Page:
Many (myself included) have assumed that smart phones are poised to take over the computing market and surpass PCs as the primary way in which people around the world consume computing resources, whether they're local applications or web-based/cloud services. It turns out that it's more accurate to say that "phones" (i.e. not just smart phones) are making this transition. And it's happening quickly.

This information comes from a Forbes article about Microsoft Office running on smart phones. This article has some interesting speculation specific to Microsoft Office--primarily that the author believes "Microsoft may be looking to make Office compatible with all smart phones to position itself favorably for the large smart phone market--and some data about how important Office is to Microsoft's stock.

I'm more interested in the data around smart phone penetration.

By 2013, the installed base of smart phones is expected to be around 1.32 billion, compared to the PC installed base of 1.78 billion.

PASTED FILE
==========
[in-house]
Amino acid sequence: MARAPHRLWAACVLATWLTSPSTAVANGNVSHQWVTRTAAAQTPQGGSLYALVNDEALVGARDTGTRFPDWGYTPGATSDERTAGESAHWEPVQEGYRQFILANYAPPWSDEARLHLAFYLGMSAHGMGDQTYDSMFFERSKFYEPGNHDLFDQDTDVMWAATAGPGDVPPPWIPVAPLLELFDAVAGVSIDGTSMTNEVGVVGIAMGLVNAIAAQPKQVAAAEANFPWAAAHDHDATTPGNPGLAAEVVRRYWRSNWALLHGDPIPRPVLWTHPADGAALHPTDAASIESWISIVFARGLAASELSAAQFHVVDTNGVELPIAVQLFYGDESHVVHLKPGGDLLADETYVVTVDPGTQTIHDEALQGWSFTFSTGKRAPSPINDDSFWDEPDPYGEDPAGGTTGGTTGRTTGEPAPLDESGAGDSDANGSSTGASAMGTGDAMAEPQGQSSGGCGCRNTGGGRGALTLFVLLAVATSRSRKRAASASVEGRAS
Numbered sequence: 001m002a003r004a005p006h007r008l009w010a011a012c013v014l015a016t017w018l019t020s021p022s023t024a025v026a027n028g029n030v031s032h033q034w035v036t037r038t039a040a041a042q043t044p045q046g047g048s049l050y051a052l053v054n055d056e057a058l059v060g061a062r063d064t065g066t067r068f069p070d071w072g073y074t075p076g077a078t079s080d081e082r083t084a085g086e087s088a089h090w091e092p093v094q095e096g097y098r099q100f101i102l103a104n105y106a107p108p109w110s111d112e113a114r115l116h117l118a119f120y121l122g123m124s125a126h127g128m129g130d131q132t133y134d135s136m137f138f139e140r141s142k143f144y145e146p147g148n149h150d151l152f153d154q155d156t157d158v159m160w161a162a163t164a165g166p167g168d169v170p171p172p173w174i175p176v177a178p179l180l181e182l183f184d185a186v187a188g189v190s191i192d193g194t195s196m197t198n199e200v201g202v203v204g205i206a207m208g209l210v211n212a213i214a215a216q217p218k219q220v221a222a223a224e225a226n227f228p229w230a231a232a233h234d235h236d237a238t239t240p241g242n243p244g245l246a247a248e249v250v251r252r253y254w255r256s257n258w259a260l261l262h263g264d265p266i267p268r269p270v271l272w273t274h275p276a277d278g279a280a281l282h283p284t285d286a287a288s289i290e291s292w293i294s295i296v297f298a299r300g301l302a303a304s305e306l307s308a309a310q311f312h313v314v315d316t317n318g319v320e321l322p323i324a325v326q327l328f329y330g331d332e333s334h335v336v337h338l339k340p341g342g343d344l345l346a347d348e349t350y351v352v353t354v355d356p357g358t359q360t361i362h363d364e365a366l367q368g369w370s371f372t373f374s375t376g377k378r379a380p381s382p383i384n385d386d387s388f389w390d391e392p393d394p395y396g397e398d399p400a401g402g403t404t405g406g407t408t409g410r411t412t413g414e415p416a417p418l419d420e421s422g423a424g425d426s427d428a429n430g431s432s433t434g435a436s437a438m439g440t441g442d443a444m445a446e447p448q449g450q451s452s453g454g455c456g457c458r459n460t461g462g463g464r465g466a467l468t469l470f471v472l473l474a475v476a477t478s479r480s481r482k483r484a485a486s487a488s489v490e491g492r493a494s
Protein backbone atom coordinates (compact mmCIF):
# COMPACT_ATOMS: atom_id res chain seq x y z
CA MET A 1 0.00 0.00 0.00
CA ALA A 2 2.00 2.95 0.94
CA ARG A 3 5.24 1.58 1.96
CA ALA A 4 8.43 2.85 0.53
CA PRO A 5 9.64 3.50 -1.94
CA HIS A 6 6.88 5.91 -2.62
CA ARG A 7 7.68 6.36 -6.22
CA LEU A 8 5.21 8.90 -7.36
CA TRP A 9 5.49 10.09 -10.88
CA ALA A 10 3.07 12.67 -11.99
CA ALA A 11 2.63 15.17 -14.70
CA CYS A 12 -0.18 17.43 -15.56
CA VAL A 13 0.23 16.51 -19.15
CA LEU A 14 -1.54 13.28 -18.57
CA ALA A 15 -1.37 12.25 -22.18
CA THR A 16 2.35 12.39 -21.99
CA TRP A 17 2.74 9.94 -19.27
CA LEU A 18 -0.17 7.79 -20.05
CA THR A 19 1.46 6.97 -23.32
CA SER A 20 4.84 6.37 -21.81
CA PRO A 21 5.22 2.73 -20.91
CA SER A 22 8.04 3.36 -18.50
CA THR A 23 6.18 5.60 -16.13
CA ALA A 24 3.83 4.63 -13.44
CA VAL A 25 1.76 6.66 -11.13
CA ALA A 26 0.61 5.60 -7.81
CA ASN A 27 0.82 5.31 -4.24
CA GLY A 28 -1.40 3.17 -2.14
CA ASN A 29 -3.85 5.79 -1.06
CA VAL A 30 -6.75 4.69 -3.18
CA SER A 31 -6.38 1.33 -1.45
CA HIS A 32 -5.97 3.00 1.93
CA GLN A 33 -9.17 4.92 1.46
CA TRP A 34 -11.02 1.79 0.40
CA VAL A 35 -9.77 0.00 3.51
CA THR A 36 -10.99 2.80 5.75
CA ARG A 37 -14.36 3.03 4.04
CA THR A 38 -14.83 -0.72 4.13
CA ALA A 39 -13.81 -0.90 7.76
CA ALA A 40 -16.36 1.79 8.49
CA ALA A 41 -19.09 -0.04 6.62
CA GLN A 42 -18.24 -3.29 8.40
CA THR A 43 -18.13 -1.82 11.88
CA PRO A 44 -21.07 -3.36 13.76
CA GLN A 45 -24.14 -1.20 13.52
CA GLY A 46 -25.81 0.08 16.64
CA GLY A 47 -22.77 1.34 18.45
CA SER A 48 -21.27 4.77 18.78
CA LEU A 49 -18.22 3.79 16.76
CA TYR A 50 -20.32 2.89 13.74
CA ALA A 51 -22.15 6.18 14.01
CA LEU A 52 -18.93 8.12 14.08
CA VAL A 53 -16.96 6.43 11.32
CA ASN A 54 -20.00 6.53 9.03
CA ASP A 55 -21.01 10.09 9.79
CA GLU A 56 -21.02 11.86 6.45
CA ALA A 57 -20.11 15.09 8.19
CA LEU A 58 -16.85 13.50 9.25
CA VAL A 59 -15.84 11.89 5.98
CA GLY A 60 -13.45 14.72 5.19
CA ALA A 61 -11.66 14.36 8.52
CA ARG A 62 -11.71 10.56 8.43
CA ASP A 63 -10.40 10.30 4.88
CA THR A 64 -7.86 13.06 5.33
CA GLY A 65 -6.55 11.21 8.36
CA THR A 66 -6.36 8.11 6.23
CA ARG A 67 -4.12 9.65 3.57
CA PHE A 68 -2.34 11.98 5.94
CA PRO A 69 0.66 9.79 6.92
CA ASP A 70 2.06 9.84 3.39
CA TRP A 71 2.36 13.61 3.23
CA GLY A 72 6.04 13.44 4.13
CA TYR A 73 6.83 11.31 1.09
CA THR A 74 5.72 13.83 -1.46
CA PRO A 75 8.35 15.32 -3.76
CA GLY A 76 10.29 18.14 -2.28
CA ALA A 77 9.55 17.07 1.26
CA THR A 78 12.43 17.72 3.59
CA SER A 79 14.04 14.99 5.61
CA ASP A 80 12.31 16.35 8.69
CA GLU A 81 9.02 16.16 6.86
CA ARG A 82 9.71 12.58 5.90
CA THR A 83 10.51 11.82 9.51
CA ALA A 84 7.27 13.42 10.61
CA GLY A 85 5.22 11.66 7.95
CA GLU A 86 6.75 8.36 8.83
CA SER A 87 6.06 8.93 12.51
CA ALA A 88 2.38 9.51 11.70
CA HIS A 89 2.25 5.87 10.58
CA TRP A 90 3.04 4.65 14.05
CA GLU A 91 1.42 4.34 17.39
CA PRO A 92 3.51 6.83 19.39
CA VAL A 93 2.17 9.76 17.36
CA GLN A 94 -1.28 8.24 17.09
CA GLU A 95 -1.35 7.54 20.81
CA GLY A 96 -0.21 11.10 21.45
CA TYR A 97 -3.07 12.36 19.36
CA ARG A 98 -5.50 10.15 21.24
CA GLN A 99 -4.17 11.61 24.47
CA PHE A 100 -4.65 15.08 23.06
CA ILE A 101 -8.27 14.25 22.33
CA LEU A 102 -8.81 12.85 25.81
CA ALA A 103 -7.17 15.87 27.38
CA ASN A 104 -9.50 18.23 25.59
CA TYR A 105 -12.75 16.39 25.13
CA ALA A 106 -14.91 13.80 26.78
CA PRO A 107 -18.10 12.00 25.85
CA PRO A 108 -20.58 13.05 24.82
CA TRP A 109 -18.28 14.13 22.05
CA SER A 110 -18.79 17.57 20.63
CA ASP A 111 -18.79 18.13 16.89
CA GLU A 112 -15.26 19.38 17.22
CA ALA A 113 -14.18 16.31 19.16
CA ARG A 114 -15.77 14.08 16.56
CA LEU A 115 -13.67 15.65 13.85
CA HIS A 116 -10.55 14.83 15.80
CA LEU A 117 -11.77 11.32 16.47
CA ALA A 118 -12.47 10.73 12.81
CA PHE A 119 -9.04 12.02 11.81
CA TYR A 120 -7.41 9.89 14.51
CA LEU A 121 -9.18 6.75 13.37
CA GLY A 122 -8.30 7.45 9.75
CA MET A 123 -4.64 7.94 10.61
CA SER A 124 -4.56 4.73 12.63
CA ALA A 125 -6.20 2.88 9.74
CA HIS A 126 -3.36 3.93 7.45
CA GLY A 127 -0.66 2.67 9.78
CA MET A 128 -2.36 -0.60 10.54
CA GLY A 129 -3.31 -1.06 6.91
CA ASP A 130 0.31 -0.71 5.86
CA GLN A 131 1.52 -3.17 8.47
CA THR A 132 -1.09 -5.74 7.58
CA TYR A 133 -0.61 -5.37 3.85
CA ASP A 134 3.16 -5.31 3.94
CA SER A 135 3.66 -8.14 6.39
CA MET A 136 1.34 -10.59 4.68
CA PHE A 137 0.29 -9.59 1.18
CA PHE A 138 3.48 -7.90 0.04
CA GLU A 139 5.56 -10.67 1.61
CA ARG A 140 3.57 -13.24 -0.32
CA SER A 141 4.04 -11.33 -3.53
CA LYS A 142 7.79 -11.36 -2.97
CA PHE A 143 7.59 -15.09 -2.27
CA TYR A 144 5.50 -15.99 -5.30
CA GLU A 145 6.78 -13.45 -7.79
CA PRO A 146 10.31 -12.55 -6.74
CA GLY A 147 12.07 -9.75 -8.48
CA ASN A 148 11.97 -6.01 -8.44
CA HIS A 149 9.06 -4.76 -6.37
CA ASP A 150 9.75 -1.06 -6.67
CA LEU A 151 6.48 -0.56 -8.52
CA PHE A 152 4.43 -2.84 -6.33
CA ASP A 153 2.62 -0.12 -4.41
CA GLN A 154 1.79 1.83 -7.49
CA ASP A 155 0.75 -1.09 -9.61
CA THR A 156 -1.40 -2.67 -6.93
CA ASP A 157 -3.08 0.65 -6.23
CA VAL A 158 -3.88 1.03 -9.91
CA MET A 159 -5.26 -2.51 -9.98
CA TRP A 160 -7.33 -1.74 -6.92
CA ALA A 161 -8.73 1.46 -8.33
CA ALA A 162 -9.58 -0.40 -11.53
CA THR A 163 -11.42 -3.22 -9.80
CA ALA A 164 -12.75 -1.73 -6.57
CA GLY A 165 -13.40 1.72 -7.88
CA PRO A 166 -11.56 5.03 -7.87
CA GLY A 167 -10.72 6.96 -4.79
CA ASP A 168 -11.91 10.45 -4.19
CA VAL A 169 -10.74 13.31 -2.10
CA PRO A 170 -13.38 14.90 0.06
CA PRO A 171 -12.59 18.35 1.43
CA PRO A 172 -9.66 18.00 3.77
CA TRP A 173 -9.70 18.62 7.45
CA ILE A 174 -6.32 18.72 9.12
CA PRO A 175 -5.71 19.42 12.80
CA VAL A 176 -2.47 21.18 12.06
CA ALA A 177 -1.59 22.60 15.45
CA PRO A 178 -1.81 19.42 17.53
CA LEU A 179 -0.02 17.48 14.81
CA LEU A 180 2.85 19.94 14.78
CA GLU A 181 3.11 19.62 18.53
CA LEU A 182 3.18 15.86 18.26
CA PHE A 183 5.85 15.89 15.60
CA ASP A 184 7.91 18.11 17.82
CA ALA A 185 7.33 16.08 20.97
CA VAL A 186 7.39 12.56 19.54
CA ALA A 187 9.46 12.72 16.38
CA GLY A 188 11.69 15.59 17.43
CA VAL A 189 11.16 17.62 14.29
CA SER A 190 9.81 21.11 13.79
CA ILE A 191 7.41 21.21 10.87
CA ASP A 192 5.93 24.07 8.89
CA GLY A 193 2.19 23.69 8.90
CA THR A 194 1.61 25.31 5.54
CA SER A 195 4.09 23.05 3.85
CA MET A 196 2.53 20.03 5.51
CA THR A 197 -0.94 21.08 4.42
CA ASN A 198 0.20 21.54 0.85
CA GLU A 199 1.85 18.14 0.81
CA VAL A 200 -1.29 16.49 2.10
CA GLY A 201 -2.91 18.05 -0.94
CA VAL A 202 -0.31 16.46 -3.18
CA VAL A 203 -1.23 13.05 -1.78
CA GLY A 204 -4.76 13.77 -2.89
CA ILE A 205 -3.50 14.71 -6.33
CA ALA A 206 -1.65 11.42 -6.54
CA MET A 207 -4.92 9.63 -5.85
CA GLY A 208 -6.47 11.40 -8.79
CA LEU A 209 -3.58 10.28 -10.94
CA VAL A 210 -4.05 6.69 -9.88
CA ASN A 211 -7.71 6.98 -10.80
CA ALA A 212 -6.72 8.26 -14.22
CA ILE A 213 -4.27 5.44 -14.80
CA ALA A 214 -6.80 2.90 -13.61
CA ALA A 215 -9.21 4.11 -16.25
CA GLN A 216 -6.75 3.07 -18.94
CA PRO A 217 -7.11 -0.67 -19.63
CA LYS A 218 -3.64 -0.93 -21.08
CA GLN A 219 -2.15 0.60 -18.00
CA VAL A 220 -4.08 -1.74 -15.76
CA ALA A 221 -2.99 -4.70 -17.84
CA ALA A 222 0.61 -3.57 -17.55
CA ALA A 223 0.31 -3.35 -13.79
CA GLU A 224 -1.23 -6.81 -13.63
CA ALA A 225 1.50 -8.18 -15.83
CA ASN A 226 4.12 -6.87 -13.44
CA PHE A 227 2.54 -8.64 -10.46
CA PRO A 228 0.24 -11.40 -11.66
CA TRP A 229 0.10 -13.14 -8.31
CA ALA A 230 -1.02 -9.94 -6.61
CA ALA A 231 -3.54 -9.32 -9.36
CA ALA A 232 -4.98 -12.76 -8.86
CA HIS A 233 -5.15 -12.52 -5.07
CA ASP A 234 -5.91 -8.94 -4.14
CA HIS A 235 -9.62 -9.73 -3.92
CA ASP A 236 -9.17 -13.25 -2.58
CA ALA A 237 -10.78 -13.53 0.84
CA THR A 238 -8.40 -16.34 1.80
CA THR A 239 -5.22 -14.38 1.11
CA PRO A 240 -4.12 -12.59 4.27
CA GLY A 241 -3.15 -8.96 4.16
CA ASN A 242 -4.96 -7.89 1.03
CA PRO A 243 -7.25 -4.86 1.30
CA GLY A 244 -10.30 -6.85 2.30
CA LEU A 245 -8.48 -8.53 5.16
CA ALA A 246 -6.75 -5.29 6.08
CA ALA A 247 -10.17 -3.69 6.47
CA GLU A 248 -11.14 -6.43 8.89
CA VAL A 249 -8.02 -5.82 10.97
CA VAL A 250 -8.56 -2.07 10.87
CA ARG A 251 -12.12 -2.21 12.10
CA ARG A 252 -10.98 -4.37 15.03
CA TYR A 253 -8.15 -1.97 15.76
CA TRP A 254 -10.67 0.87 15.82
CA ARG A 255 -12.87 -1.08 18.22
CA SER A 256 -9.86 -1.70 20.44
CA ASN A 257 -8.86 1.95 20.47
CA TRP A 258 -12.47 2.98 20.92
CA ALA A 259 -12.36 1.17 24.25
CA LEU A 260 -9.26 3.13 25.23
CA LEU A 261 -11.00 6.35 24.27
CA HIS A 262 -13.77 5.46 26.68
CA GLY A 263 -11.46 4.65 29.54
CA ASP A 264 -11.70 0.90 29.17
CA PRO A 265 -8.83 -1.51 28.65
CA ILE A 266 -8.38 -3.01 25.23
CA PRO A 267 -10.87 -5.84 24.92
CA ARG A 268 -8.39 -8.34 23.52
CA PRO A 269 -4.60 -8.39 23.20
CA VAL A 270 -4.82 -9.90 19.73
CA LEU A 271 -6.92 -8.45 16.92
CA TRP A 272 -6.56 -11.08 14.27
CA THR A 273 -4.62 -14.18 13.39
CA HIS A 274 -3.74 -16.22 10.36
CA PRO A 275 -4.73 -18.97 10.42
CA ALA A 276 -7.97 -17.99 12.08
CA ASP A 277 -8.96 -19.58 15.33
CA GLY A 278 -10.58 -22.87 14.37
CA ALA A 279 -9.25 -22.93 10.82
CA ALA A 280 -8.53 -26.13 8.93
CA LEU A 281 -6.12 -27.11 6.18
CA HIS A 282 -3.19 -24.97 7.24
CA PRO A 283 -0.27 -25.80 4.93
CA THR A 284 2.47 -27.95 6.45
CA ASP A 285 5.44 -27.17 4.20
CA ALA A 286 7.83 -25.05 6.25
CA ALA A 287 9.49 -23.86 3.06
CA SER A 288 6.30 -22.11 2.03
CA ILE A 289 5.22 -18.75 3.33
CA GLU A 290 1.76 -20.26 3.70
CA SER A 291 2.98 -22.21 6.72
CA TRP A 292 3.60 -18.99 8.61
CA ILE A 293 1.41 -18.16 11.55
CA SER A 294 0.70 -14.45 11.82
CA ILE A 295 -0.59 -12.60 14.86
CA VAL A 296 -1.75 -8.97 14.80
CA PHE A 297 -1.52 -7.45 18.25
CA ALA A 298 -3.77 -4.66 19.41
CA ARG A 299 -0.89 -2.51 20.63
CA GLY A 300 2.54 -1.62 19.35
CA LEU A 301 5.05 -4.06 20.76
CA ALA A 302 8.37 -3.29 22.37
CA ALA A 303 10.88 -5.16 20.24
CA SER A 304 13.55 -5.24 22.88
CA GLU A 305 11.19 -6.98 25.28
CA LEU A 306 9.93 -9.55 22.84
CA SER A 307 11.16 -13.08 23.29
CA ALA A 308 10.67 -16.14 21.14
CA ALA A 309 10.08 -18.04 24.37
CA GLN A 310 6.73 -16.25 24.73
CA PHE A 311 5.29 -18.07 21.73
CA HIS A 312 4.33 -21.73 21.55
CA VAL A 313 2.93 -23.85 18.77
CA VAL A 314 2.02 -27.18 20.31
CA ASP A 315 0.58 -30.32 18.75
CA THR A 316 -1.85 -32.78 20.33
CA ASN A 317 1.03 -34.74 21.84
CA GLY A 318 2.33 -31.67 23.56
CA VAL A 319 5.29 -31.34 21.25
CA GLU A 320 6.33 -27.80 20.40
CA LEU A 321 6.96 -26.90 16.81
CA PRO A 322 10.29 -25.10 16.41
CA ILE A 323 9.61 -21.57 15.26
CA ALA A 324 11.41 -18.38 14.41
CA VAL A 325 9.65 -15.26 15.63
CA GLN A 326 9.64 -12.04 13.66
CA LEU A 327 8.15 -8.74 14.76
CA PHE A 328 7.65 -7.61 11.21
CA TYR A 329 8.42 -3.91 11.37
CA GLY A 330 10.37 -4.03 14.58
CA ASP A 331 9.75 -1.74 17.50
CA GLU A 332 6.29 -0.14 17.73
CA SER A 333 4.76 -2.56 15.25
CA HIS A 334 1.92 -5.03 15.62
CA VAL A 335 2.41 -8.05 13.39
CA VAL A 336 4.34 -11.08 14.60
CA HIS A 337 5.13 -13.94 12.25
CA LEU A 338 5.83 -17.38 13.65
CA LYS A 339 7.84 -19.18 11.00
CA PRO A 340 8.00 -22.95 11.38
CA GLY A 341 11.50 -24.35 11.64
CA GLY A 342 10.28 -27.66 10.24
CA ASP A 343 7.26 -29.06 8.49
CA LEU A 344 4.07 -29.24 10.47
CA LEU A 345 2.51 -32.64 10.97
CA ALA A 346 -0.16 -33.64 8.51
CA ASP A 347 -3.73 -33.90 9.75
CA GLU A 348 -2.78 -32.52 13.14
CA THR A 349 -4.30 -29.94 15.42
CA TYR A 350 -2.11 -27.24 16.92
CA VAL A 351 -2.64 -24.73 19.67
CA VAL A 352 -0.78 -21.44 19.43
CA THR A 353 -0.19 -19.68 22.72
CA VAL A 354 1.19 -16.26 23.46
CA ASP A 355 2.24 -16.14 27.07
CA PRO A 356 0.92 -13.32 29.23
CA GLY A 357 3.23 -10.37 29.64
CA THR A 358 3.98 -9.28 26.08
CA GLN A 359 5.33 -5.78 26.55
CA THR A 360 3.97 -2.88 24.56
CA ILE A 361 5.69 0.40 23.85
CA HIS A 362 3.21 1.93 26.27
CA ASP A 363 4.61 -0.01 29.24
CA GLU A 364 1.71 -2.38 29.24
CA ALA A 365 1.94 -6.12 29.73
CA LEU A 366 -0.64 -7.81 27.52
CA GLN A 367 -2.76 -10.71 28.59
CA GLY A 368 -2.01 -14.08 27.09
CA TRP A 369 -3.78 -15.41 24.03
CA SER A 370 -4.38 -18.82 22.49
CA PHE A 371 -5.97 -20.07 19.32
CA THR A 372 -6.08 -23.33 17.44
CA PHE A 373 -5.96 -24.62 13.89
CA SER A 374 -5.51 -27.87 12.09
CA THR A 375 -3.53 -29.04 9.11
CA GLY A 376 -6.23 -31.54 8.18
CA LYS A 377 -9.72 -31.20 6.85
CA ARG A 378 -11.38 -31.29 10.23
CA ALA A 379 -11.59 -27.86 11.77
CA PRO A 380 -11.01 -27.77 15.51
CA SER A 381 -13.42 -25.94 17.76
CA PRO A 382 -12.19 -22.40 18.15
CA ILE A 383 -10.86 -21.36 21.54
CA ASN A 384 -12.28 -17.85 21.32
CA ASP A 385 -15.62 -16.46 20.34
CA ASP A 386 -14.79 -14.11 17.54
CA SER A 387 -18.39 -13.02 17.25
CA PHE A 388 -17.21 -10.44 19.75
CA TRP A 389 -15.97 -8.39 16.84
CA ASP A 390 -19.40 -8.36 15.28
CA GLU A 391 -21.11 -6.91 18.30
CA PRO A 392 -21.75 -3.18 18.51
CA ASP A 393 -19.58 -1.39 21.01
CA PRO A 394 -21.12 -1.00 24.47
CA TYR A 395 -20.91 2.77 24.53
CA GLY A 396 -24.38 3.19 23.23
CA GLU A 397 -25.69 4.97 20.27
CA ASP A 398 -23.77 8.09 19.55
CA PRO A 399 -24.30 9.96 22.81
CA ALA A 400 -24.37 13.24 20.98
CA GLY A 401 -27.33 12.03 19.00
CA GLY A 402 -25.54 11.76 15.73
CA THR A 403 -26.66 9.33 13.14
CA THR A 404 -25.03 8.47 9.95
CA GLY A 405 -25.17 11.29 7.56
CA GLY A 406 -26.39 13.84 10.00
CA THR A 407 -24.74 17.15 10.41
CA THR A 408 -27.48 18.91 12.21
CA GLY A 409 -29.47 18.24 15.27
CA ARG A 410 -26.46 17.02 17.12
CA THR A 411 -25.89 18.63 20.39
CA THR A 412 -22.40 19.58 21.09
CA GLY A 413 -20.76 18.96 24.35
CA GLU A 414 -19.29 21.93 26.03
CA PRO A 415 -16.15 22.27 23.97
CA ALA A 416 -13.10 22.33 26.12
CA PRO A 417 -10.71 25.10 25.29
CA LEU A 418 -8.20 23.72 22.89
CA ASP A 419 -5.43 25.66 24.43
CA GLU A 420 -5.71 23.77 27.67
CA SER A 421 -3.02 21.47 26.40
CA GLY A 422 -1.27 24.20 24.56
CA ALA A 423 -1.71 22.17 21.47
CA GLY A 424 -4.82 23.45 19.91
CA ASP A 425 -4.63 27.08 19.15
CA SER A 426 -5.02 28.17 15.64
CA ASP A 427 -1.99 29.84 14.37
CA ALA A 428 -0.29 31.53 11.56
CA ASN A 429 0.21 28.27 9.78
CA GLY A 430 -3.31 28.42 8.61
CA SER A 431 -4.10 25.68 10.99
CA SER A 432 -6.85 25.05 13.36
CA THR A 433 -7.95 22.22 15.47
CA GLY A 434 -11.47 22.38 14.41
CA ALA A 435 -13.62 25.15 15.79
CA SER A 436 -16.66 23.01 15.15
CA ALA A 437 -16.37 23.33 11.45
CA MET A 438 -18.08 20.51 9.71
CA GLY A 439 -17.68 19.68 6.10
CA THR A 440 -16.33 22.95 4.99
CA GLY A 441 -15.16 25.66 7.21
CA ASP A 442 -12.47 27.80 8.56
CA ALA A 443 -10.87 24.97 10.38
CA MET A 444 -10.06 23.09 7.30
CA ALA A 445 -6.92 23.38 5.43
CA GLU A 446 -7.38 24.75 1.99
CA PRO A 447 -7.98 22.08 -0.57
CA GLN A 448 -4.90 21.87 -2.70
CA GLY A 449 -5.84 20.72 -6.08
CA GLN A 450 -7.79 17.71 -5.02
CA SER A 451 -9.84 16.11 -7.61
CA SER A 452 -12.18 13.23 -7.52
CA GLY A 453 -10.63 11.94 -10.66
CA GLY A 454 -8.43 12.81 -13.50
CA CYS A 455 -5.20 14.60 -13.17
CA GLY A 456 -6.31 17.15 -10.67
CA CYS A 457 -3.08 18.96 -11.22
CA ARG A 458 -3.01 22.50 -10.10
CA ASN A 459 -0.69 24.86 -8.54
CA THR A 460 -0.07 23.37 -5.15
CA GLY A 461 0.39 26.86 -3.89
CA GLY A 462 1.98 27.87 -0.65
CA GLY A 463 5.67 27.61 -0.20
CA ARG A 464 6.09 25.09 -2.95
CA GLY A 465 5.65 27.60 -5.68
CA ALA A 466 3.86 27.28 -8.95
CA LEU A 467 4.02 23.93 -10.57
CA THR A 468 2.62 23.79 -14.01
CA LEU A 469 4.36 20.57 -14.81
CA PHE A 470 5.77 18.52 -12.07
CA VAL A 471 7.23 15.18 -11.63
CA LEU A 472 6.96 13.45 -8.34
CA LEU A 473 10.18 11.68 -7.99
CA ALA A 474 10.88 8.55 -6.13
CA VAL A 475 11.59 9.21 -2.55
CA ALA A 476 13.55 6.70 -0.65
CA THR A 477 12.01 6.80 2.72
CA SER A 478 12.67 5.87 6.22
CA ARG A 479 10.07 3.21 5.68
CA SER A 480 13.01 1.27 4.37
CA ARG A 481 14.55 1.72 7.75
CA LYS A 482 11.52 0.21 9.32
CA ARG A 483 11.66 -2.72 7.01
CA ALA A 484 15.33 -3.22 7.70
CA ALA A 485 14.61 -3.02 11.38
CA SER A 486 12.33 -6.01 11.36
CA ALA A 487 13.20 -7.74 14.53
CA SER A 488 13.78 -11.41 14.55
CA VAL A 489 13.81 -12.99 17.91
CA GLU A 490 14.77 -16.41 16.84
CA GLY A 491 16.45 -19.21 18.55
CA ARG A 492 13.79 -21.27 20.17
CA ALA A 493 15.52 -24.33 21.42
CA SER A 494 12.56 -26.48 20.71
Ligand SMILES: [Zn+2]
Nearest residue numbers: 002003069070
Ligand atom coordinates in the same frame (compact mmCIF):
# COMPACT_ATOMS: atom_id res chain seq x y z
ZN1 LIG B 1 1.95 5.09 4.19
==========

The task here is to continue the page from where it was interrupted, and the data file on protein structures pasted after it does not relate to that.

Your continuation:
The total mobile phone installed base (smart phones and feature phones) will be around 1.82 billion and hence will exceed the PC installed base by 2013.

We expect that the smart phone installed base will exceed the PC installed base before 2020.

Of course, the smart phone market doesn't need to exceed the size of the PC market to be more interesting, dynamic, exciting, news worthy, or whatever else. Witness Apple's success in various markets, almost none of which it actually dominates. So while it may be a decade (or more) before smart phones are more prevalent than PCs out in the real world, assuming this does happen, it's likely/possible that PCs will have become less interesting, if you will, well before that.